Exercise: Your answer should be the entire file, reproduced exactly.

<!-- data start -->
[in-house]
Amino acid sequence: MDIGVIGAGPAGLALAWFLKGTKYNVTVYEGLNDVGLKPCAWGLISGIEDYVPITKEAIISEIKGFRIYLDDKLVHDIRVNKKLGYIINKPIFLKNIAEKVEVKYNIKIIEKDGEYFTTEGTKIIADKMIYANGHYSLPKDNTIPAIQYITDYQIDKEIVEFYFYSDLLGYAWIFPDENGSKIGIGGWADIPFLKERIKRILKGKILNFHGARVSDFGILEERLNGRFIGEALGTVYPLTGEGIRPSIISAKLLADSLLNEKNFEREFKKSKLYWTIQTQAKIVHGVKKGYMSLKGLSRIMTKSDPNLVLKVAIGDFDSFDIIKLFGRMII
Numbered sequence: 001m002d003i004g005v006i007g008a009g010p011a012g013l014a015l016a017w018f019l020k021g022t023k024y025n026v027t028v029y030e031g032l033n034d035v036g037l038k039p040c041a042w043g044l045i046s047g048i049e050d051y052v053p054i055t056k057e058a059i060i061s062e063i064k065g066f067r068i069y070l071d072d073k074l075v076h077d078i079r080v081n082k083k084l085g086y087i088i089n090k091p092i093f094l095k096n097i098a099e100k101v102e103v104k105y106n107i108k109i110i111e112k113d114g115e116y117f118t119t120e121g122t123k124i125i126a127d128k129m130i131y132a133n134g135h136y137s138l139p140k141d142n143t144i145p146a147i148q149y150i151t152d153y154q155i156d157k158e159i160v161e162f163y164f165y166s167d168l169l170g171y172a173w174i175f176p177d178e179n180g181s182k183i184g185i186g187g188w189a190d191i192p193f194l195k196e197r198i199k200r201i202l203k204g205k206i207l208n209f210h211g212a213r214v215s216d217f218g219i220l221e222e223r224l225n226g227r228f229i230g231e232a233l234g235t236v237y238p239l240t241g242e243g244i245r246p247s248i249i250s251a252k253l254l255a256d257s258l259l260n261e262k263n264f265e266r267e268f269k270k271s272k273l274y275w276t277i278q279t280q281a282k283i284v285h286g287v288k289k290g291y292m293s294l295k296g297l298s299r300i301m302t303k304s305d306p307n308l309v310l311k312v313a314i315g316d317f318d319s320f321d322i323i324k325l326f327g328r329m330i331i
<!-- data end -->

[in-house]
Amino acid sequence: MDIGVIGAGPAGLALAWFLKGTKYNVTVYEGLNDVGLKPCAWGLISGIEDYVPITKEAIISEIKGFRIYLDDKLVHDIRVNKKLGYIINKPIFLKNIAEKVEVKYNIKIIEKDGEYFTTEGTKIIADKMIYANGHYSLPKDNTIPAIQYITDYQIDKEIVEFYFYSDLLGYAWIFPDENGSKIGIGGWADIPFLKERIKRILKGKILNFHGARVSDFGILEERLNGRFIGEALGTVYPLTGEGIRPSIISAKLLADSLLNEKNFEREFKKSKLYWTIQTQAKIVHGVKKGYMSLKGLSRIMTKSDPNLVLKVAIGDFDSFDIIKLFGRMII
Numbered sequence: 001m002d003i004g005v006i007g008a009g010p011a012g013l014a015l016a017w018f019l020k021g022t023k024y025n026v027t028v029y030e031g032l033n034d035v036g037l038k039p040c041a042w043g044l045i046s047g048i049e050d051y052v053p054i055t056k057e058a059i060i061s062e063i064k065g066f067r068i069y070l071d072d073k074l075v076h077d078i079r080v081n082k083k084l085g086y087i088i089n090k091p092i093f094l095k096n097i098a099e100k101v102e103v104k105y106n107i108k109i110i111e112k113d114g115e116y117f118t119t120e121g122t123k124i125i126a127d128k129m130i131y132a133n134g135h136y137s138l139p140k141d142n143t144i145p146a147i148q149y150i151t152d153y154q155i156d157k158e159i160v161e162f163y164f165y166s167d168l169l170g171y172a173w174i175f176p177d178e179n180g181s182k183i184g185i186g187g188w189a190d191i192p193f194l195k196e197r198i199k200r201i202l203k204g205k206i207l208n209f210h211g212a213r214v215s216d217f218g219i220l221e222e223r224l225n226g227r228f229i230g231e232a233l234g235t236v237y238p239l240t241g242e243g244i245r246p247s248i249i250s251a252k253l254l255a256d257s258l259l260n261e262k263n264f265e266r267e268f269k270k271s272k273l274y275w276t277i278q279t280q281a282k283i284v285h286g287v288k289k290g291y292m293s294l295k296g297l298s299r300i301m302t303k304s305d306p307n308l309v310l311k312v313a314i315g316d317f318d319s320f321d322i323i324k325l326f327g328r329m330i331i